Foreclosure FAQs

Sections:

General Questions

What are real estate foreclosures?
What are the different types of foreclosure properties?
How do lenders foreclose on property owners?
Is the assistance of a REALTOR® required to buy foreclosure properties?
How do I find cash to buy foreclosures?
What should I be aware of in buying foreclosures?

Foreclosure Avoidance Options

Reinstatement
Forebearance or Repayment Plan
Mortgage Modification
Rent the Property
Deed-in-Lieu of Foreclosure
Bankruptcy
Refinance
Servicemembers Civil Relief Act
Sell the Property
Short Sale

Preforeclosures/Short Sales

What is a preforeclosure?
What is a short sale?
How do I find a short sale?
What should I be aware of?

Real Estate Owned (REOs)

What is an REO?
How do I find REOs?
How do I buy REOs?
How much cash do I need?
What should I be aware of?

HUD Repossessions

What is a HUD property?

VA Repossessions

What is a VA property?

Fannie Mae Repossessions

What is a Fannie Mae property?

Freddie Mac Repossessions

What is a Freddie Mac property?

Auction Properties

What is an auction property?

General Questions

What are real estate foreclosures?

These are properties that have been acquired by mortgage lenders because the owners have defaulted on the loan payments. The lender or "mortgagee" takes the property that was pledged as collateral for the loan when the payments are behind (that is, when the payments are "in arrears" or "delinquent" and the owners are said to be "in default"). Lenders must follow the state laws where the property is located. Owners default on loan payments for a variety of reasons including divorce, illness, death of a spouse, and loss of employment. Lenders try to work out some kind of resolution with the owners to make up the payments in a process called "loss mitigation." This period is referred to as "preforeclosure." If efforts to work out a correction for the problem do not succeed, the lender will generally initiate foreclosure procedures after three months of non-payment.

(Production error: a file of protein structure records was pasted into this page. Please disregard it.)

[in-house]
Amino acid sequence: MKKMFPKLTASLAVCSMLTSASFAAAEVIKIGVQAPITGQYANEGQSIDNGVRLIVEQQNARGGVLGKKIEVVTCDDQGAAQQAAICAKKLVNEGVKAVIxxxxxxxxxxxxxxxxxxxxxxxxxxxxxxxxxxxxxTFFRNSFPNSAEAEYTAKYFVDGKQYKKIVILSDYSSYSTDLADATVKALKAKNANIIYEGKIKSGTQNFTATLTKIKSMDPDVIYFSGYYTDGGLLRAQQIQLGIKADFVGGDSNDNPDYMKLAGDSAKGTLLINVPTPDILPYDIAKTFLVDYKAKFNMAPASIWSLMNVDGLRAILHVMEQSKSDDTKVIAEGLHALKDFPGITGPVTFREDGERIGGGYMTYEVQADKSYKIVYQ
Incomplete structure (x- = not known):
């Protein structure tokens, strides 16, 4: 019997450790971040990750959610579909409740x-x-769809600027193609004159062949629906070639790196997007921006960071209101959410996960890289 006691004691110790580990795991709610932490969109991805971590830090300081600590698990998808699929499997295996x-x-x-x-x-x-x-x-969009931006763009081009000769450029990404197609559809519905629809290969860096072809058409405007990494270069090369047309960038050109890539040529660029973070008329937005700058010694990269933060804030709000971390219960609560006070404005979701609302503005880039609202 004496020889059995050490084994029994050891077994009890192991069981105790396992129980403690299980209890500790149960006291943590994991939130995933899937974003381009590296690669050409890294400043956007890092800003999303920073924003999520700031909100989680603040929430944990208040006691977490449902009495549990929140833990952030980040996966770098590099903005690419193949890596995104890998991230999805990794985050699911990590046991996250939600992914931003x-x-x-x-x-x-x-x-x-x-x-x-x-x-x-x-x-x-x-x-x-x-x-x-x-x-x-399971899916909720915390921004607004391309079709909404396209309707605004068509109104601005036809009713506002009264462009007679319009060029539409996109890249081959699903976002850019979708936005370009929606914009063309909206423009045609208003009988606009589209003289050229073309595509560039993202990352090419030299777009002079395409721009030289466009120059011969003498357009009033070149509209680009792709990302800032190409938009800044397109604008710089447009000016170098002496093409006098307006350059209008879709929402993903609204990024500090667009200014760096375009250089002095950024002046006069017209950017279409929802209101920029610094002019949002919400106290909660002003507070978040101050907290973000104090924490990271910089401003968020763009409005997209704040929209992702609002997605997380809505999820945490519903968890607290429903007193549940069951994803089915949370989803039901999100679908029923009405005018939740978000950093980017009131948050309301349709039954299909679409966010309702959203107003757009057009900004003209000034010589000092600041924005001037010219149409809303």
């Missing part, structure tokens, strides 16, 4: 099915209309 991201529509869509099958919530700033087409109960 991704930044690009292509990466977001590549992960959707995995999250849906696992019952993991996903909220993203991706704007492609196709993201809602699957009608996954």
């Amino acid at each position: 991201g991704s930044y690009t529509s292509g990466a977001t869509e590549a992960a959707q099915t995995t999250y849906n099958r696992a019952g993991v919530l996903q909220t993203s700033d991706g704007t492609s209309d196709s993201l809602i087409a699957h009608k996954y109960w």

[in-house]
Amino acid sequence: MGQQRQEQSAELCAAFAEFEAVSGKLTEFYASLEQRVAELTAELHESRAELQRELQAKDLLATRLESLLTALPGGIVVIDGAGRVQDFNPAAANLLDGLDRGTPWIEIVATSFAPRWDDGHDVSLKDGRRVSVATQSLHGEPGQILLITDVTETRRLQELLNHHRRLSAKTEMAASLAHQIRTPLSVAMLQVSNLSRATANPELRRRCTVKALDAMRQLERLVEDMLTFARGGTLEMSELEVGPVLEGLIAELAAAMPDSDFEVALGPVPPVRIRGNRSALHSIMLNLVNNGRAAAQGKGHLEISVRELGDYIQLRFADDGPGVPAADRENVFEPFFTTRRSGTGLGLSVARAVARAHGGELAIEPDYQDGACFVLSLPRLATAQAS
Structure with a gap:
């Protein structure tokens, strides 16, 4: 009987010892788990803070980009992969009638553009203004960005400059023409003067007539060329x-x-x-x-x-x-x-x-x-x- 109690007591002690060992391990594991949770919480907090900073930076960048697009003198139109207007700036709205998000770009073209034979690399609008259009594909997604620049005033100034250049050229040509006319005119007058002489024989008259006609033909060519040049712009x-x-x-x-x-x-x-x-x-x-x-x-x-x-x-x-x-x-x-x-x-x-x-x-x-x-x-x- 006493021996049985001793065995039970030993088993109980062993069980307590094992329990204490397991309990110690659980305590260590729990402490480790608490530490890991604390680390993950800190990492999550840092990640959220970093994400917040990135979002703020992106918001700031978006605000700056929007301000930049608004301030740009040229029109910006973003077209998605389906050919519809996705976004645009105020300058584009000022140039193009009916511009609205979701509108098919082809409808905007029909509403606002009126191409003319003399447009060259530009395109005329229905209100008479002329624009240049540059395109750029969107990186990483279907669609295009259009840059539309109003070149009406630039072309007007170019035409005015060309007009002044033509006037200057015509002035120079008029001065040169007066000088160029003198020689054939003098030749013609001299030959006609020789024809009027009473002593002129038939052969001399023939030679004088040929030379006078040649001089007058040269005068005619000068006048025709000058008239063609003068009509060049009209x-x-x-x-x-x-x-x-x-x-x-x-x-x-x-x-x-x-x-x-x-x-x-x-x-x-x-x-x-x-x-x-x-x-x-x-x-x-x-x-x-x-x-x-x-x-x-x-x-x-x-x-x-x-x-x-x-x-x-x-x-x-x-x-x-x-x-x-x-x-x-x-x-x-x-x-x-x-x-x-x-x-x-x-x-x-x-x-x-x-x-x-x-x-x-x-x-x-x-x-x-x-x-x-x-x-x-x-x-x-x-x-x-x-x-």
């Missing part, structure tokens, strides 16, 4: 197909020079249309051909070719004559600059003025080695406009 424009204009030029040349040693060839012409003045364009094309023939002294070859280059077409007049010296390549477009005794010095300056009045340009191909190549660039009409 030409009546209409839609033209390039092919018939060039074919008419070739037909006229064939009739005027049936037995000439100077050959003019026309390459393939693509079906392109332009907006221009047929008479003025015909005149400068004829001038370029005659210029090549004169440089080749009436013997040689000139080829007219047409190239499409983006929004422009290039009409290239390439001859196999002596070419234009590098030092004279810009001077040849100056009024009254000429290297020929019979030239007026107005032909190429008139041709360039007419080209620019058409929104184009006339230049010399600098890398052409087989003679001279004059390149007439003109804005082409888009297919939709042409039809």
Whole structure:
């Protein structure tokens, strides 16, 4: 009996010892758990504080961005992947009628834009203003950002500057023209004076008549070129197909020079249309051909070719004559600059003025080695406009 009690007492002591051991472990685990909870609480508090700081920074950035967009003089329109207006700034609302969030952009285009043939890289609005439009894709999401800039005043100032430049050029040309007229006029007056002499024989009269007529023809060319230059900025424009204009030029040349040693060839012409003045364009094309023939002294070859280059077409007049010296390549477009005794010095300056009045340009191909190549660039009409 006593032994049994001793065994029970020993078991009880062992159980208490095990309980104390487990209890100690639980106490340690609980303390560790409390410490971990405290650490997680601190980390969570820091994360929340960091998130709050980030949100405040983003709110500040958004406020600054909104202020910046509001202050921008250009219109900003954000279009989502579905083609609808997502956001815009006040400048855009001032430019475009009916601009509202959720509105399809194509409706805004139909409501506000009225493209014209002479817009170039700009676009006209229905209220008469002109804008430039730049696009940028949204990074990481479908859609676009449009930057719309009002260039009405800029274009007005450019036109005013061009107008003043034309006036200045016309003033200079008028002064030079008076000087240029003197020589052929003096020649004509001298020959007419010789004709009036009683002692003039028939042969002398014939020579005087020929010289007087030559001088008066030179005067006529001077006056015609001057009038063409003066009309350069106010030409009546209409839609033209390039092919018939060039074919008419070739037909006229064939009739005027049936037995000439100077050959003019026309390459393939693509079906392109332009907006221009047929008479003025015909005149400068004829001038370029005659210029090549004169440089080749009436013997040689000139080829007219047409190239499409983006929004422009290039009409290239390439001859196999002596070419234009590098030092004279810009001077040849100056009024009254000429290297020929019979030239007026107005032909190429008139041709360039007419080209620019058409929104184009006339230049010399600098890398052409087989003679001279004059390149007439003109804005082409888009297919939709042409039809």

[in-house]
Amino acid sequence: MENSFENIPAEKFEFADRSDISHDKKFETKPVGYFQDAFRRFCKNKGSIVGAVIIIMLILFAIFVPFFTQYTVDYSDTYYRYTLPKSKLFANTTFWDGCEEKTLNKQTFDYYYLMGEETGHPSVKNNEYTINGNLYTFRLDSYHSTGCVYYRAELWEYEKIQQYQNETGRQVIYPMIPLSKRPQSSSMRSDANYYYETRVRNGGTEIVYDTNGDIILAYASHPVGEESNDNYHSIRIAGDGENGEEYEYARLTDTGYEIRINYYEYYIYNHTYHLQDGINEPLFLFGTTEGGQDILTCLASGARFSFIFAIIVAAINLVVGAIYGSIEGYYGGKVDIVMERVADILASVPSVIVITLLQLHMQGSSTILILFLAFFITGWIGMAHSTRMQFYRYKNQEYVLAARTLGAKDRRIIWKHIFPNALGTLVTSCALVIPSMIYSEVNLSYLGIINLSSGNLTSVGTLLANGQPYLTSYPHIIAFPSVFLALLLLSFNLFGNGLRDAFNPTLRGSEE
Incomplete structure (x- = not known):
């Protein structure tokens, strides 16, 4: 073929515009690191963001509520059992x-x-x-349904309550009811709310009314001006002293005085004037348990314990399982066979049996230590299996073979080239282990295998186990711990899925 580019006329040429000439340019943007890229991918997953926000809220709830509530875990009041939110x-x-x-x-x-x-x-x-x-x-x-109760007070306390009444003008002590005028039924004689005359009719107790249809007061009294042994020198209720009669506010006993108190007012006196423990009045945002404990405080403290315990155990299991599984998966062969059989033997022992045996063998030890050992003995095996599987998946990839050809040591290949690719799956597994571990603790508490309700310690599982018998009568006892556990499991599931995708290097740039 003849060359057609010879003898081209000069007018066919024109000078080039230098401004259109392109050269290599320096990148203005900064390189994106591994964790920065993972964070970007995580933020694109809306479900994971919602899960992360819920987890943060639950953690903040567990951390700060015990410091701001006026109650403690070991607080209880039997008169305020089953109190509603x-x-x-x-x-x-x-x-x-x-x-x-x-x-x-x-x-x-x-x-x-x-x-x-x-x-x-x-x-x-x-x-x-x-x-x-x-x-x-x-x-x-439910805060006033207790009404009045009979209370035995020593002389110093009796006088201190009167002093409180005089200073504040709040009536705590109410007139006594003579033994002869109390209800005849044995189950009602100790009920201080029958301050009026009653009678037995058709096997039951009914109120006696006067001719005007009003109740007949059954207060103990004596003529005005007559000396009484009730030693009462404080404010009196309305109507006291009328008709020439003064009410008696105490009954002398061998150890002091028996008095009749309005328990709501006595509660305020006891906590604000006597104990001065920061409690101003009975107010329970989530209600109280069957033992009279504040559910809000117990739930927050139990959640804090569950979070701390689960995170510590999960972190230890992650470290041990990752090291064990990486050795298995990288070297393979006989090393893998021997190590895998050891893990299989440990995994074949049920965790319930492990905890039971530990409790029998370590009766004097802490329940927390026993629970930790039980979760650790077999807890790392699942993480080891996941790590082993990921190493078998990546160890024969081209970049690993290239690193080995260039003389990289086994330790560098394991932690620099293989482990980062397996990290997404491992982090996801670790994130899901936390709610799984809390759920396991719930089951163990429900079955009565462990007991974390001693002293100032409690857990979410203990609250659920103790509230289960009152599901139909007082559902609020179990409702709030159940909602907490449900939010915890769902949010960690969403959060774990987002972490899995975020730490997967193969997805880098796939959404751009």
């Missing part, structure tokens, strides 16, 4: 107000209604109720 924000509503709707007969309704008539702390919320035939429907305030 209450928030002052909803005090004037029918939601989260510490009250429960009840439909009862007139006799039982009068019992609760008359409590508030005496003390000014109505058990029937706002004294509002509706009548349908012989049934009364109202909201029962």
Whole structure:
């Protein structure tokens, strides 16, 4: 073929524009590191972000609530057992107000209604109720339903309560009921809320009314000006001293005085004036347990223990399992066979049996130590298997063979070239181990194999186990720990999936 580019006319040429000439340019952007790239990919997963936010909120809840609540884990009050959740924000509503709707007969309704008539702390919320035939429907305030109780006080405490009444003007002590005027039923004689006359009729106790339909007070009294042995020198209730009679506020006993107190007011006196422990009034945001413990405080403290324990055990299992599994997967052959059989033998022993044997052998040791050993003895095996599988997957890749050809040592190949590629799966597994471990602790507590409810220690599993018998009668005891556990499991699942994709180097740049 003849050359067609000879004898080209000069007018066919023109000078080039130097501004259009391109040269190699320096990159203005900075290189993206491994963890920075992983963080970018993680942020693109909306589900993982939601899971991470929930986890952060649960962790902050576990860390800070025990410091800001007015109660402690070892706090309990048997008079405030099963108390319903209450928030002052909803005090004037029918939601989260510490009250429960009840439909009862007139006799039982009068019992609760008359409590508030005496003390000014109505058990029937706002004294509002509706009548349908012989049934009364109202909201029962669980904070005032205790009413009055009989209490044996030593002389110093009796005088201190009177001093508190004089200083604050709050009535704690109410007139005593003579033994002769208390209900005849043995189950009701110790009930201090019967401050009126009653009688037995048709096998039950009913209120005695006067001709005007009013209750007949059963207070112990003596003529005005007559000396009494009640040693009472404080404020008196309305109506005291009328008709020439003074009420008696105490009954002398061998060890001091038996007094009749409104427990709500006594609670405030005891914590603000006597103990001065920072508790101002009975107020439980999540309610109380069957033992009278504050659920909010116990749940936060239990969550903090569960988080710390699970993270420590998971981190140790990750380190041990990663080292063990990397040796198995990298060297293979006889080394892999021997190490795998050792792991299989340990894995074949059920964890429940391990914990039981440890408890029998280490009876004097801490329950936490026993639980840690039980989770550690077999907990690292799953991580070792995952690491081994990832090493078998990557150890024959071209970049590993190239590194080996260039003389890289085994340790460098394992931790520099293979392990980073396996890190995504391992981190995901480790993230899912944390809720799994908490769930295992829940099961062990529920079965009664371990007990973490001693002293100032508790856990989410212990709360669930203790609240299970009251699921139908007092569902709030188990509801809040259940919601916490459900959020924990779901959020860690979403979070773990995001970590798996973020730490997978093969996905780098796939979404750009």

Another party may offer to solve the problem by buying the property from the owner during preforeclosure (a “short sale”), or from the lender at time of the public foreclosure sale, or afterwards. This presents an opportunity for savvy investors and prospective home owners looking for bargains. Foreclosure properties represent an exciting way to buy real estate because they can be purchased at discount prices, typically between 5% to 10% (or more depending on the condition of the property, location and time on the market) below market value. As an owner-occupant buyer, you can purchase a foreclosure as your home and enjoy instant equity. As an investor, you can buy foreclosures for rental or resale with built-in profit margins. Back to top

What are the different types of foreclosure properties?

There are basically three stages to the foreclosure process. At each stage, the real estate is thought of as a distinct type of property that a new purchaser can acquire:

"Preforeclosures" are still owned by the borrowers who are in default on one or more mortgage loan payments.
"Auction" properties have been posted for public sale and may be bought at the time of the foreclosure auction by arranging to pay the arrears plus other costs at the same time the lender legally takes ownership of the collateral.
"REO" is the term for "real estate owned" by the bank, savings and loan, or other lending entity after the foreclosure sale (or "auction") is concluded with no other purchaser buying the real estate.
 

To summarize, a preforeclosure occurs when the lender initiates foreclosure proceedings as the result of a default. If the borrower cannot cure the default by paying the arrears, and does not sell the property, it is sold at a public foreclosure auction. If no one buys the property at the auction, it becomes REO and the lender is now the seller.

There is also a fourth stage for some properties. In the case of loans "insured" by a federal agency such as HUD or Fannie Mae, or "guaranteed" by the Department of Veterans Affairs (VA), the properties are eventually acquired by the government. When such properties are foreclosed by the mortgagees, the agencies reimburse the lenders for the loan amount and certain costs of foreclosure. The government then takes ownership of the real estate and makes arrangements to sell the properties to the public through contractors and REALTORS®.